bims-mimbat Biomed News
on Mitochondrial metabolism in brown adipose tissue
Issue of 2024‒06‒16
five papers selected by
José Carlos de Lima-Júnior, Washington University

  1. Science. 2024 Jun 14. 384(6701): 1247-1253
      Respiratory complex I is an efficient driver for oxidative phosphorylation in mammalian mitochondria, but its uncontrolled catalysis under challenging conditions leads to oxidative stress and cellular damage. Ischemic conditions switch complex I from rapid, reversible catalysis into a dormant state that protects upon reoxygenation, but the molecular basis for the switch is unknown. We combined precise biochemical definition of complex I catalysis with high-resolution cryo-electron microscopy structures in the phospholipid bilayer of coupled vesicles to reveal the mechanism of the transition into the dormant state, modulated by membrane interactions. By implementing a versatile membrane system to unite structure and function, attributing catalytic and regulatory properties to specific structural states, we define how a conformational switch in complex I controls its physiological roles.
  2. Cell. 2024 Jun 05. pii: S0092-8674(24)00526-9. [Epub ahead of print]
      Mitochondrial dynamics play a critical role in cell fate decisions and in controlling mtDNA levels and distribution. However, the molecular mechanisms linking mitochondrial membrane remodeling and quality control to mtDNA copy number (CN) regulation remain elusive. Here, we demonstrate that the inner mitochondrial membrane (IMM) protein mitochondrial fission process 1 (MTFP1) negatively regulates IMM fusion. Moreover, manipulation of mitochondrial fusion through the regulation of MTFP1 levels results in mtDNA CN modulation. Mechanistically, we found that MTFP1 inhibits mitochondrial fusion to isolate and exclude damaged IMM subdomains from the rest of the network. Subsequently, peripheral fission ensures their segregation into small MTFP1-enriched mitochondria (SMEM) that are targeted for degradation in an autophagic-dependent manner. Remarkably, MTFP1-dependent IMM quality control is essential for basal nucleoid recycling and therefore to maintain adequate mtDNA levels within the cell.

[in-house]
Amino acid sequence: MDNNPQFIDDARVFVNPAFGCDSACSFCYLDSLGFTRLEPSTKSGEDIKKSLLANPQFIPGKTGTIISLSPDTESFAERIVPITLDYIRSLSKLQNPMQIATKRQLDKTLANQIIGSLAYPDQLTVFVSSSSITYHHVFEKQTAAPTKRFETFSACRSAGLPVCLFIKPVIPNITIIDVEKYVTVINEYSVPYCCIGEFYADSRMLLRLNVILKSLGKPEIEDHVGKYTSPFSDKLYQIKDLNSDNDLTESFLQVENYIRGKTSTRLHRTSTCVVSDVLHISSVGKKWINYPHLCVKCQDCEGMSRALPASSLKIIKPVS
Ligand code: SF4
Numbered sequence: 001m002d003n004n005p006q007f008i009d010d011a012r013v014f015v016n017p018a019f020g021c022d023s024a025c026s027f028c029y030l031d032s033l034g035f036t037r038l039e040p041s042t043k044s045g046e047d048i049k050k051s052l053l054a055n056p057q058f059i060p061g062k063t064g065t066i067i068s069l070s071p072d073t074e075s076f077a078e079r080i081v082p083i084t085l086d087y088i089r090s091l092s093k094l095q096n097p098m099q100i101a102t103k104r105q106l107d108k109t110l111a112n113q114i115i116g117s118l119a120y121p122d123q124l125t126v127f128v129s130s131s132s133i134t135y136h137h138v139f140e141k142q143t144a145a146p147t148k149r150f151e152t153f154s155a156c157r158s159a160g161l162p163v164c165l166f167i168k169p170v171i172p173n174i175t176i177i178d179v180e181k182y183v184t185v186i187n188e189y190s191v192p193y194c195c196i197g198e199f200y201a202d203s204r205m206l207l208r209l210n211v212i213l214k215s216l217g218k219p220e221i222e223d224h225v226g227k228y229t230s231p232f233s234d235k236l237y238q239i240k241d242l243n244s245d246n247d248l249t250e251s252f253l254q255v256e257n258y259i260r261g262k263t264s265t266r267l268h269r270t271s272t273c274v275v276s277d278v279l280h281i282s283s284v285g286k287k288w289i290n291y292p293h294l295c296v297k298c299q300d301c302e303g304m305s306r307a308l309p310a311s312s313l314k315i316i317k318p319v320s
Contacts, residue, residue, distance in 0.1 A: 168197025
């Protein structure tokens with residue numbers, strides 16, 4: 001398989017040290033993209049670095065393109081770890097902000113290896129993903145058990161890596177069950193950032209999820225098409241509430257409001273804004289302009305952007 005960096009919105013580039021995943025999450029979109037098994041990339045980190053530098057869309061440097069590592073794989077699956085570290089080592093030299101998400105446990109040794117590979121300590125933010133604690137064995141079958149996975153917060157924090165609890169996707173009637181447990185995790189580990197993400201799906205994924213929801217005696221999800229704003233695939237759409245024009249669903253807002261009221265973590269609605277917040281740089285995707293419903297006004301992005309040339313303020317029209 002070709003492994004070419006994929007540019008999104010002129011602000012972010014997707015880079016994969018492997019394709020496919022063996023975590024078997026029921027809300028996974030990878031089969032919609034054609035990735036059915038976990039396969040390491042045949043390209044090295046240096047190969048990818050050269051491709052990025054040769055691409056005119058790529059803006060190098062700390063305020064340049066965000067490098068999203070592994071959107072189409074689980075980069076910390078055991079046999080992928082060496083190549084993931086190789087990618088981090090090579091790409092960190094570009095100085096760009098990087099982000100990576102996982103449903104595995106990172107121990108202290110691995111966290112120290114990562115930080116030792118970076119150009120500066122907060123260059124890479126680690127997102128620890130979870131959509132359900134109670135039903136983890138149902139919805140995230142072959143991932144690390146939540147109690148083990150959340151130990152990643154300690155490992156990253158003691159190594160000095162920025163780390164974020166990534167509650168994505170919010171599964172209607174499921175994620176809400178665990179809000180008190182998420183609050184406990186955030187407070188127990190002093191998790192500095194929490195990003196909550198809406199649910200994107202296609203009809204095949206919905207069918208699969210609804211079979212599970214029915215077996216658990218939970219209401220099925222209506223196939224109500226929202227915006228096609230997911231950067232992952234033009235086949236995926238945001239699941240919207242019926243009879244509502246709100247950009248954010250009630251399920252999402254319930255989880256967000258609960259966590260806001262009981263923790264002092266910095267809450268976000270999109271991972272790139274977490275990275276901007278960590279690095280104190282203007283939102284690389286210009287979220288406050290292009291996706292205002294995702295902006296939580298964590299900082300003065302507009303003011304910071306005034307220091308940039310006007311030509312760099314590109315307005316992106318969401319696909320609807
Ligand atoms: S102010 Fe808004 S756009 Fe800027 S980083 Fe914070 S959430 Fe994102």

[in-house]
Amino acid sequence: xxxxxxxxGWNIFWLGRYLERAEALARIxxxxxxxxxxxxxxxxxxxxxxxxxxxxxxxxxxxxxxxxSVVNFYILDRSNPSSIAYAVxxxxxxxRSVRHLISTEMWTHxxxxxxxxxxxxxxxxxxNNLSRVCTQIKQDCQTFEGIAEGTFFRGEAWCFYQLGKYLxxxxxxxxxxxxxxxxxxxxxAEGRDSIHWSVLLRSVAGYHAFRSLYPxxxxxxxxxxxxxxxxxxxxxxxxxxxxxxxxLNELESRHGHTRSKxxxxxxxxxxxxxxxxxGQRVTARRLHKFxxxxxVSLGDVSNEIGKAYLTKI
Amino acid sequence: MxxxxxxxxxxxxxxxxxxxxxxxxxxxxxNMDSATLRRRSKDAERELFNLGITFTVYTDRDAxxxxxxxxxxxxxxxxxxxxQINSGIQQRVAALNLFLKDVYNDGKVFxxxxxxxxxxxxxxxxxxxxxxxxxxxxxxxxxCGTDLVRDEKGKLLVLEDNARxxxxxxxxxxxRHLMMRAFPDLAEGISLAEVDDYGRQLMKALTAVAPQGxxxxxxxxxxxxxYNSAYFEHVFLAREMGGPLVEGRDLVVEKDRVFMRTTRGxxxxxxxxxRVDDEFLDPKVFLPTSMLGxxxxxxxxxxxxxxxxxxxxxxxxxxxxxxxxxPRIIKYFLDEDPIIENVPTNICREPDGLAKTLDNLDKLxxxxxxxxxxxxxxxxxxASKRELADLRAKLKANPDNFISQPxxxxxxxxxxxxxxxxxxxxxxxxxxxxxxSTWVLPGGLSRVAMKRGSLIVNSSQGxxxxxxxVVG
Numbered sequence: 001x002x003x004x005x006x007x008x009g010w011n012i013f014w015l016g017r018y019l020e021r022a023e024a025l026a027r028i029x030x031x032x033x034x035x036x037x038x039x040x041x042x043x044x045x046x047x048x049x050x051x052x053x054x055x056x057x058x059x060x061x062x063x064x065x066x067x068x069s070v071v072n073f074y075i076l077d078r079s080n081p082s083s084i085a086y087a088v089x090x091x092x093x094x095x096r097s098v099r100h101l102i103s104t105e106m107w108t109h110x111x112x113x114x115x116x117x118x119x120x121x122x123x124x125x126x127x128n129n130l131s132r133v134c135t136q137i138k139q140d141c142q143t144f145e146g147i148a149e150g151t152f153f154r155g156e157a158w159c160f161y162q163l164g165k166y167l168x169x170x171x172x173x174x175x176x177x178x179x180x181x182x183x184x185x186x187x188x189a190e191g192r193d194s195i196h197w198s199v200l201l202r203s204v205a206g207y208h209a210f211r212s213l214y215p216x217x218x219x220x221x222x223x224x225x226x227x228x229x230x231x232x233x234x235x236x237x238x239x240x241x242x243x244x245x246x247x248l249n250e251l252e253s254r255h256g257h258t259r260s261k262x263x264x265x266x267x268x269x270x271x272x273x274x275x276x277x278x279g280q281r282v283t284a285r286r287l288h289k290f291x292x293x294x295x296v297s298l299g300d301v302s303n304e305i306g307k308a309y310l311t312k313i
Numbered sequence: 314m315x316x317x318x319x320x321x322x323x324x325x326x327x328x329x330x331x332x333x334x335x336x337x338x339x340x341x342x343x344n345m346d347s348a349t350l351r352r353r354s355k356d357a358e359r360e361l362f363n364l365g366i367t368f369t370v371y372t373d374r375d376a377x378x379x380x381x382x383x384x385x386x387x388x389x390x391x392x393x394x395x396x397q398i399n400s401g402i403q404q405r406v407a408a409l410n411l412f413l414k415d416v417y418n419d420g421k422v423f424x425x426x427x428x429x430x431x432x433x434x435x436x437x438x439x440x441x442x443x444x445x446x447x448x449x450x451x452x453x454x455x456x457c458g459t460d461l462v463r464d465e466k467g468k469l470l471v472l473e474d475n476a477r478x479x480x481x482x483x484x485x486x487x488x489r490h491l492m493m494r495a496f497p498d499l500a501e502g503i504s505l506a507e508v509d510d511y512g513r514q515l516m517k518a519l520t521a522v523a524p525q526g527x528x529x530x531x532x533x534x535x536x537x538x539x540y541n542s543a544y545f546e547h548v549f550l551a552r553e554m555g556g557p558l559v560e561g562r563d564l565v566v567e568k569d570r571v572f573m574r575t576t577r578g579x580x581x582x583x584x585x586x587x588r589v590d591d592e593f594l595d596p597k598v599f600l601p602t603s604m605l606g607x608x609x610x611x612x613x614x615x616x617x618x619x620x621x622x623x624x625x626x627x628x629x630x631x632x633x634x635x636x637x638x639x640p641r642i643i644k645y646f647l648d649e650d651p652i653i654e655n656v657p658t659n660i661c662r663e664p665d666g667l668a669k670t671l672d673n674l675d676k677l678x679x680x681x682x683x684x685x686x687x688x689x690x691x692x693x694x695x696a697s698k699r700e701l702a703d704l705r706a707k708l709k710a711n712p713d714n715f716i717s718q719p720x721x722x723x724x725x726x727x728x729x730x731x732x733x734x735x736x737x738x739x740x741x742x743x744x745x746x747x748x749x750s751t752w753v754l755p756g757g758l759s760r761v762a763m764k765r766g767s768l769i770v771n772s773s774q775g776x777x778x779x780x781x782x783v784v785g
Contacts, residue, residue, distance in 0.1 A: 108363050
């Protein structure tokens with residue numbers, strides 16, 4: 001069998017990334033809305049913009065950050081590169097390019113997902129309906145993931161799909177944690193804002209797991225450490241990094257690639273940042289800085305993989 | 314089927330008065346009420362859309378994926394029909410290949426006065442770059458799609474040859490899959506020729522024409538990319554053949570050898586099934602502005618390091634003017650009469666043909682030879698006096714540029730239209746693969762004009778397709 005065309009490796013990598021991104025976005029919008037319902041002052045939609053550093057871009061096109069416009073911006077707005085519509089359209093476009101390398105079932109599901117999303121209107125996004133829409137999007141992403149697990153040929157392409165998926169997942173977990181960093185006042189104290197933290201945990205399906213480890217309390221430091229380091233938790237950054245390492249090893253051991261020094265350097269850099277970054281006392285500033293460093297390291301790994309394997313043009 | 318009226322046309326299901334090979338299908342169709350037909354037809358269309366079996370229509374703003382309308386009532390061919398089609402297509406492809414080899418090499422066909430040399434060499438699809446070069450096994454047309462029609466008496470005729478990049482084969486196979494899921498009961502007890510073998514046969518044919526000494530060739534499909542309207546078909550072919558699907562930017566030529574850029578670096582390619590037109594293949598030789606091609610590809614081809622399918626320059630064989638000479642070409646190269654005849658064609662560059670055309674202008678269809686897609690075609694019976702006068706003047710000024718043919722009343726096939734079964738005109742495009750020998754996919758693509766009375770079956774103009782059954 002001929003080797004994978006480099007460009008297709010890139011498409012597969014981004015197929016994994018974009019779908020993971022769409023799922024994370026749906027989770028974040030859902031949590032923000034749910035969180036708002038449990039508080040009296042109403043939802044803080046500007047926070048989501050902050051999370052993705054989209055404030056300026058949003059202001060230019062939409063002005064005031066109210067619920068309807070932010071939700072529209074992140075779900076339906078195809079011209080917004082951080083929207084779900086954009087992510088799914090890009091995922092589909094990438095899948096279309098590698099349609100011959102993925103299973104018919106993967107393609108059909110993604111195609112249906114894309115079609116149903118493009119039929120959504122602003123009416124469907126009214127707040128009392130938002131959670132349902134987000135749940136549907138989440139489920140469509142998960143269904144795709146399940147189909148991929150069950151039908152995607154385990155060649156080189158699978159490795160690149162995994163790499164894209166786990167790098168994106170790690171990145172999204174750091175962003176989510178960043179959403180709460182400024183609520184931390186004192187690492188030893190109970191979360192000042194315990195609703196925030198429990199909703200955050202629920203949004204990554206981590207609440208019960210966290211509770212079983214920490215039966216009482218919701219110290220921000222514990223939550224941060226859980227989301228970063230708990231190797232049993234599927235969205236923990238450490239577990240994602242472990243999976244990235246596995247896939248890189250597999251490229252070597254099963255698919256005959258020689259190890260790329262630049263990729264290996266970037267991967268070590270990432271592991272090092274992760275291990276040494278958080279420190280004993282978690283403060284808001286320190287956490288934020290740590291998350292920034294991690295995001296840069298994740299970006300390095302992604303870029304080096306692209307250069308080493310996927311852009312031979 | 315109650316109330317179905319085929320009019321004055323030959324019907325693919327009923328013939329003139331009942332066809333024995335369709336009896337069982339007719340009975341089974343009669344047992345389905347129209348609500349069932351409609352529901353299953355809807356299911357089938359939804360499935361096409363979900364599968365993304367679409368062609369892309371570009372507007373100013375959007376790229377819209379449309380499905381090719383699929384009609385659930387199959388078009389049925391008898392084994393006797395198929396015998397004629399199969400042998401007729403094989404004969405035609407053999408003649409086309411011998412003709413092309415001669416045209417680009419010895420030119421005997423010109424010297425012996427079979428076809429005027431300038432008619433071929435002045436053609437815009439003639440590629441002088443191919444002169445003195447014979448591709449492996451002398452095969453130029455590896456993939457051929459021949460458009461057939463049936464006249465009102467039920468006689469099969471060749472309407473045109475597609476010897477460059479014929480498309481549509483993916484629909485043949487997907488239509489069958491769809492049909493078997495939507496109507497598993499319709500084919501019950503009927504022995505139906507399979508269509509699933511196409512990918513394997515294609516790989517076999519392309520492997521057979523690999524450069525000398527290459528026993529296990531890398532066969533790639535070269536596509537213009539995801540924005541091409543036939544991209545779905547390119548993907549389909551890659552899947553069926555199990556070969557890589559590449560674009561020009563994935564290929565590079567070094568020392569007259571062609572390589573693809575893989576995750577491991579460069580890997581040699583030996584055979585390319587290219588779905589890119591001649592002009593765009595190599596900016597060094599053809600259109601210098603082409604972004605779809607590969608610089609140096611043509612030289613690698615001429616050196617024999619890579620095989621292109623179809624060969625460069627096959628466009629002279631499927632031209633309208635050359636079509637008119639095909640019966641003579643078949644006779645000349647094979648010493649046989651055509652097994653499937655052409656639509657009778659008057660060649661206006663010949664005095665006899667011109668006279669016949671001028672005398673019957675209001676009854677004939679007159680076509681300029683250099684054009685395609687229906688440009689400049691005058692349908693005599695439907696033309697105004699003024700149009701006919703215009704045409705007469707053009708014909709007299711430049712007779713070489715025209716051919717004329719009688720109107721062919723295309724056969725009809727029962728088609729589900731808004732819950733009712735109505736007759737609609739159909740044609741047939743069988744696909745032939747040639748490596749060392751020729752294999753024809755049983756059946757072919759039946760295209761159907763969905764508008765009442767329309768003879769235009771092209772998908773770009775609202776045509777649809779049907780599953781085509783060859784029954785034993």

Keywords:  IMM quality control; IMM remodeling; MTFP1; autophagy; fission and fusion; mitochondria; mitochondrial dynamics; mitophagy; mtDNA
  3. Proc Natl Acad Sci U S A. 2024 Jun 18. 121(25): e2322475121
      Low temperatures and cooling agents like menthol induce cold sensation by activating the peripheral cold receptors TRPM8 and TRPA1, cation channels belonging to the TRP channel family, while the reduction of potassium currents provides an additional and/or synergistic mechanism of cold sensation. Despite extensive studies over the past decades to identify the molecular receptors that mediate thermosensation, cold sensation is still not fully understood and many cold-sensitive peripheral neurons do not express the well-established cold sensor TRPM8. We found that the voltage-gated potassium channel KCNQ1 (Kv7.1), which is defective in cardiac LQT1 syndrome, is, in addition to its known function in the heart, a highly relevant and sex-specific sensor of moderately cold temperatures. We found that KCNQ1 is expressed in skin and dorsal root ganglion neurons, is sensitive to menthol and cooling agents, and is highly sensitive to moderately cold temperatures, in a temperature range at which TRPM8 is not thermosensitive. C-fiber recordings from KCNQ1-/- mice displayed altered action potential firing properties. Strikingly, only male KCNQ1-/- mice showed substantial deficits in cold avoidance at moderately cold temperatures, with a strength of the phenotype similar to that observed in TRPM8-/- animals. While sex-dependent differences in thermal sensitivity have been well documented in humans and mice, KCNQ1 is the first gene reported to play a role in sex-specific temperature sensation. Moreover, we propose that KCNQ1, together with TRPM8, is a key instrumentalist that orchestrates the range and intensity of cold sensation.